Management Consultants

Read the whole post, he pretty much nails it…

Joel on Software:

The whole fraud is only possible because performance metrics in knowledge organizations are completely trivial to game. The best part is that most management consultants, the stunningly good-looking, bright, earnest chipmunks with 4.0s in Russian Lit from Harvard who work for these companies, have absolutely no way of knowing this, so they can go through this whole exercise without even knowing that they’re doing it! They get all the way through the 2-year associate program on their way to MBA school without even realizing that they haven’t done a goddamn thing about productivity, all they’ve done is caused a fairly pointless transfer of wealth from ExxonMobilConoco to BainMcKinseyGartner’s senior partners. And it’s a lot of fun! First class flights to Houston and Oslo! Helping the world be more productive! Rock on, young stunningly-good-looking Management Consultant.

6 thoughts on Management Consultants

  1. Joel nails this, but lets senior management off way too easy. At the end of the day, it’s the companies that hire these consultants. At 2000K per day for a consulting MBA, I don’t hold the consulting company accountable, I hold the company who hires them accountable for putting that resource to work.

    I’ve advocated that fortune 500 companies should have an internal group to manage consulting engagement to ensure that there is return and a strict SLA or some other way to measure impact. ( I spent about two years in strategy consulting and saw the model work and the model not work. Where it worked was where the companies were actively engaged, drove the consultants extremely hard and had a defined end goal set by the company, not the consultants.

    And yes, strategy consultants (and former strategy consultants) are stunningly good looking as Joel said.

  2. I’m waiting to hear from Crofton on this one…

    I think you are right about letting senior mgmt off the hook. The reason, IMO, is far too often that senior mgmt is looking for the magic pixie dust in the form of a powerpoint instead of the harder work required to build accountability into an organization and reduce the overall complexity. This I think is the single best strategy for increasing productivity is stripping out controls and structure, something senior mgmt is loath to do.

  3. I am a Management Consultant. I agree that the client needs to manage the engagement to ensure the desired result. And IMHO working with those clients who do make for much better projects since the result is almost always better.

    The point of Consulting is to offer expertise and manpower that would otherwise take too long to hire or is only needed temporarily. There is always a need like this for business so it does have value.

    P.S. I am not that good looking.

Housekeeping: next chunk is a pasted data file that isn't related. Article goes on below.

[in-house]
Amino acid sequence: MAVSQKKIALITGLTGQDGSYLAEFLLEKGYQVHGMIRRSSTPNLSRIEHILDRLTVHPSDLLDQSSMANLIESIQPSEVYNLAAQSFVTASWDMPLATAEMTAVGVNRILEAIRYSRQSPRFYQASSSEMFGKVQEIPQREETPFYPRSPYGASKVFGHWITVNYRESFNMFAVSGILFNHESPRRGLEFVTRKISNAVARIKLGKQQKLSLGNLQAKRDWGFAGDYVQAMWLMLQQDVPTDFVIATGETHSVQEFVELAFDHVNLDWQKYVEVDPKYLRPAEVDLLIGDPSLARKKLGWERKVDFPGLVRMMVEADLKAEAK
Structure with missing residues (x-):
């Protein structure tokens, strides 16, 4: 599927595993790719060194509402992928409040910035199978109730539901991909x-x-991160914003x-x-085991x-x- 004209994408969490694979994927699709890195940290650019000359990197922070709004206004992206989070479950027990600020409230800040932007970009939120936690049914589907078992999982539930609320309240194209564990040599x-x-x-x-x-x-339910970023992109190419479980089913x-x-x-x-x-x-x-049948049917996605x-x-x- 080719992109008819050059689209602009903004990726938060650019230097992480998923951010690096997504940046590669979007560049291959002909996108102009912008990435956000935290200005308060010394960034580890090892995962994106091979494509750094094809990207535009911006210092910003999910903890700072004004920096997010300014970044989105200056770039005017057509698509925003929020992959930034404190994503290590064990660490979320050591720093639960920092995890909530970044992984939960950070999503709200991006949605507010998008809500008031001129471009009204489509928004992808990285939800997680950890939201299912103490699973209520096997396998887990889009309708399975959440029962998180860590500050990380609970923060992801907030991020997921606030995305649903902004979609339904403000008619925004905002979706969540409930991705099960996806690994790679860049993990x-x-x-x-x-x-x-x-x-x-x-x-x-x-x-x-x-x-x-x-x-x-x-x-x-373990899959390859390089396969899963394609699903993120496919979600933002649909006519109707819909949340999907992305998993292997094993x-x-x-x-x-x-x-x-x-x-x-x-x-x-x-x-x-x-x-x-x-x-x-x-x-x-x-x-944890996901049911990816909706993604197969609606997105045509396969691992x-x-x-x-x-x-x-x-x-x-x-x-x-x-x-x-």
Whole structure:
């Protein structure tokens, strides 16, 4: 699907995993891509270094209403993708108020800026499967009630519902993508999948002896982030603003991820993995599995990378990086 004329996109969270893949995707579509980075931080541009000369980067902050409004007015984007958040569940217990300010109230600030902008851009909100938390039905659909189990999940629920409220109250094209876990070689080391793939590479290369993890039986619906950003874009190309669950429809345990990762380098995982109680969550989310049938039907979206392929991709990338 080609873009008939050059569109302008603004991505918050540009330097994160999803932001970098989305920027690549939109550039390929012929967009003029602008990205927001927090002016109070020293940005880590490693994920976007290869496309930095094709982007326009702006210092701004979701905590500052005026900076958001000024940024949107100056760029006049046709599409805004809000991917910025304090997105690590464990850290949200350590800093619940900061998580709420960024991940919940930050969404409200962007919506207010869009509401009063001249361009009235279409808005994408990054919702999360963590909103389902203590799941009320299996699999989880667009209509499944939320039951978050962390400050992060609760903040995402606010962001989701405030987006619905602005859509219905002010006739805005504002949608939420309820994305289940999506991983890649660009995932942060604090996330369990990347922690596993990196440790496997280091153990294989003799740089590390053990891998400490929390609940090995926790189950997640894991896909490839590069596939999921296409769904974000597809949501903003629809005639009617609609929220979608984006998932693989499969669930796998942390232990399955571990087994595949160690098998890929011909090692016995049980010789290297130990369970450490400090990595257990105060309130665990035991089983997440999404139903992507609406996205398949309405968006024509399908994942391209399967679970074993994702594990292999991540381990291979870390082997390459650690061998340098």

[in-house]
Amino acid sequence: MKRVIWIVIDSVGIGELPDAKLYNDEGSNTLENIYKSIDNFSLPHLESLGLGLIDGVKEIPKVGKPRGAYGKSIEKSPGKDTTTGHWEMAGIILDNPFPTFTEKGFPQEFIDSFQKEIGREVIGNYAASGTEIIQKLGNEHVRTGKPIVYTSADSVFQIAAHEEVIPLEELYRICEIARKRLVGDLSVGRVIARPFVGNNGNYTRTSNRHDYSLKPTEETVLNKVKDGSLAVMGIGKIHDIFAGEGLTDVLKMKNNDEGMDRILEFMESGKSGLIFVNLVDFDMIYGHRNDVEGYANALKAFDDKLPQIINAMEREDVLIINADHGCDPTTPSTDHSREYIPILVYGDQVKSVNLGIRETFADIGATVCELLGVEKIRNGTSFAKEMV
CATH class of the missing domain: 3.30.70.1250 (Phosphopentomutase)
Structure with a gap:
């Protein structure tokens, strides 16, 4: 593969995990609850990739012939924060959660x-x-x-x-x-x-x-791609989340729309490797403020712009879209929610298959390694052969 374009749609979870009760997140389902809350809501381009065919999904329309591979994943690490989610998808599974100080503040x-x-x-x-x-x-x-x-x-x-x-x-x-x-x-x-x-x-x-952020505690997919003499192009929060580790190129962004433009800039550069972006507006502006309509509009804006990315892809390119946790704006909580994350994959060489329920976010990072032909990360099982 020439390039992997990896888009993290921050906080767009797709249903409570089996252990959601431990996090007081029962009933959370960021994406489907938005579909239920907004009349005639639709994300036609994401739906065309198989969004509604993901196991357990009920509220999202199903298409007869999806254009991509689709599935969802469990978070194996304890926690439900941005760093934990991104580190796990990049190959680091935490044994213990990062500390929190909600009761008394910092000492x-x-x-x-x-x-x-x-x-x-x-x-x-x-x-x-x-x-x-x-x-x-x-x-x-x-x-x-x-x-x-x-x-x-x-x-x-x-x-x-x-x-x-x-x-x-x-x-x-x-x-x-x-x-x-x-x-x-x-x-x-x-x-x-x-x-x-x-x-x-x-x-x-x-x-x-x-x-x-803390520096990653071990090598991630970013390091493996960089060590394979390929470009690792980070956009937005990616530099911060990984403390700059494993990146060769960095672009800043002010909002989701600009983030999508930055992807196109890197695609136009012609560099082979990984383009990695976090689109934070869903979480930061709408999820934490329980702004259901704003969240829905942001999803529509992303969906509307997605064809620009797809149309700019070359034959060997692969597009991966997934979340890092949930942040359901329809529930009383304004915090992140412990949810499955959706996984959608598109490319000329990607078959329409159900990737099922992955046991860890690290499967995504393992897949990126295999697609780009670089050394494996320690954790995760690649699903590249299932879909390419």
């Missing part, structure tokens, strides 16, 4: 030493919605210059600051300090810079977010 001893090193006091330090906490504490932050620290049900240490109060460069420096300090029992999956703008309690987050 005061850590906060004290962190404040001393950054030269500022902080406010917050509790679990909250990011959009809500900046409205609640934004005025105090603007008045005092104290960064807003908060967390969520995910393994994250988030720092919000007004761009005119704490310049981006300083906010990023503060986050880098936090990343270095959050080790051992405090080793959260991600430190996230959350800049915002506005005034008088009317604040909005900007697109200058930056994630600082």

4. Ben,
    It was a tongue-in-cheek post but I take your comments to heart. The single most valuable strength of the mgmt consultant industry is that they are mercenary in nature, able to be dropped into any situation and determine a strategy and execution plan for success. The key, as has been pointed out is to 1) clearly define objectives, 2) provide appropriate weaponry, and 3) minimize organizational intransigence

  5. Well Jeff, since you asked, a couple of thoughts:

    1) As you know, Rob’s really not that good looking
    2) Bashing consultants is a lot of fun, but generalities are always dangerous. I think Joel’s post, while perhaps making a valid point about consultants roles vis-a-vis app dev costs, may not necessarily “scale” to all technology strategy consulting projects.
    3) Senior mgt often already know what they should or want to do. A “McKinsey/BCG/Bain said we should do x” provides a nice CYA
    4) In my (brief) consulting career, I did see several companies with opportunities for cost cutting. Some of these were “low hanging” and the consulting firm may have provided a the necessary political cover to get them done. However, others may not have been obvious to management or senior managers may not think that such cuts are possible. Even if expensive, consultants often drive cost cuts that are multiple times their cost.
    5) Joel’s post really only speaks to improving efficiency which is essentially cost cutting (doing more for the same $ or less$). The real value (and danger) of top tier consultants to me is when management needs “thought partners” (like that one Jeff?) to determine new strategic directions or needs to adapt to a changing landscape. The impact of a bunch of smart, highly structured, hard working guys in your company for a couple of months trying to figure out what the threats and opportunities to your business are, shouldn’t be underestimated. Now you, Mr. Manager, have the responsibility of determing whether and how to implement the findings and, of course, it’s your company so you actually have to execute.
    6) 2/3 of your last team at SAP…… ex-consultants

  6. He’s not giving consulatants eough credit. They are generally really smart people. They know they aren’t changing anything. They just don’t care.

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